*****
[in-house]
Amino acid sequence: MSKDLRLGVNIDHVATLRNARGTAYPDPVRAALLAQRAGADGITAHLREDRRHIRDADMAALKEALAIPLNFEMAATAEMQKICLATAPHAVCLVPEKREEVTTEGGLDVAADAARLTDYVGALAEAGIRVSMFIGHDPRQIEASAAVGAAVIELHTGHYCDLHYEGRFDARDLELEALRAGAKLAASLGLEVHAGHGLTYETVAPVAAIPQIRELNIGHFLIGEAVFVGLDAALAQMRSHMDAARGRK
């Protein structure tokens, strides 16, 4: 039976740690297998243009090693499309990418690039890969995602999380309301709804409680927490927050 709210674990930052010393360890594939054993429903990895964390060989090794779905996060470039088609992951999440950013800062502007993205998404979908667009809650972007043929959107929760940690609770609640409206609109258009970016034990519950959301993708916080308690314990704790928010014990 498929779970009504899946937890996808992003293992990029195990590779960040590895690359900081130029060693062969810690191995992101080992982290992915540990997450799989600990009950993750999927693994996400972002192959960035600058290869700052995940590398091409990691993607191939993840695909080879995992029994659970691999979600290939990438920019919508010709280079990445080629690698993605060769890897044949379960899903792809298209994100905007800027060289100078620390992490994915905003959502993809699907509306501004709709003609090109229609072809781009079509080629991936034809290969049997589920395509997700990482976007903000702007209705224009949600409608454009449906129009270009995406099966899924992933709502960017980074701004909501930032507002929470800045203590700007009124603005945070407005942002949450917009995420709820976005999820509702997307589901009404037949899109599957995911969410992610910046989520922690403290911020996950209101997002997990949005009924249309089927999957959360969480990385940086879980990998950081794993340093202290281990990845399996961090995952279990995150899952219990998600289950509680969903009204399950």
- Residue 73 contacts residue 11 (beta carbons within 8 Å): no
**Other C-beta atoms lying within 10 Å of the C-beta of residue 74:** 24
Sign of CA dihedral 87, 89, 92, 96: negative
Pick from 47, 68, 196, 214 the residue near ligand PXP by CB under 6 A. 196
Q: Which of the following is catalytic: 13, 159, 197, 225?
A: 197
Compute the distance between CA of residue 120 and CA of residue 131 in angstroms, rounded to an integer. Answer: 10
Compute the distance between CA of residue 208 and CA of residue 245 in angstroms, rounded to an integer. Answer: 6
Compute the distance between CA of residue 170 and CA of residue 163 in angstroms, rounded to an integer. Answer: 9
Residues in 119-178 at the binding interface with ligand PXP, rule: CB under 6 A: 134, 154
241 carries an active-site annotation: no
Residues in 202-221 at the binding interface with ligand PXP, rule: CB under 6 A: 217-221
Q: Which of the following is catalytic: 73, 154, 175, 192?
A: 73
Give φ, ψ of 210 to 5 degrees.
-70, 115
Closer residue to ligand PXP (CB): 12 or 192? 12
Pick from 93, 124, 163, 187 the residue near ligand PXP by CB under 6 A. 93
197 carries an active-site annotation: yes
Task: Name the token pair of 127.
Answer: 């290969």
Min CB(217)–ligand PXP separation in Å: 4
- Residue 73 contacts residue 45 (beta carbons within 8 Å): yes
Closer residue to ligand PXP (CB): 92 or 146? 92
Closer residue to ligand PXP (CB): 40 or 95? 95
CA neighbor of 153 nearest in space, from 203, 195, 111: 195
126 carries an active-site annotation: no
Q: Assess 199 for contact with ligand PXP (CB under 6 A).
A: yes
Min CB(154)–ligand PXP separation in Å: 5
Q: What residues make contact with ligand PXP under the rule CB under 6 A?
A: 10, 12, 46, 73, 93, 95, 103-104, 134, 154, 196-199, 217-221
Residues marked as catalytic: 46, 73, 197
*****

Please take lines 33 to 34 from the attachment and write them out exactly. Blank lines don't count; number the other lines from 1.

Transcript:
Min CB(154)–ligand PXP separation in Å: 5
Q: What residues make contact with ligand PXP under the rule CB under 6 A?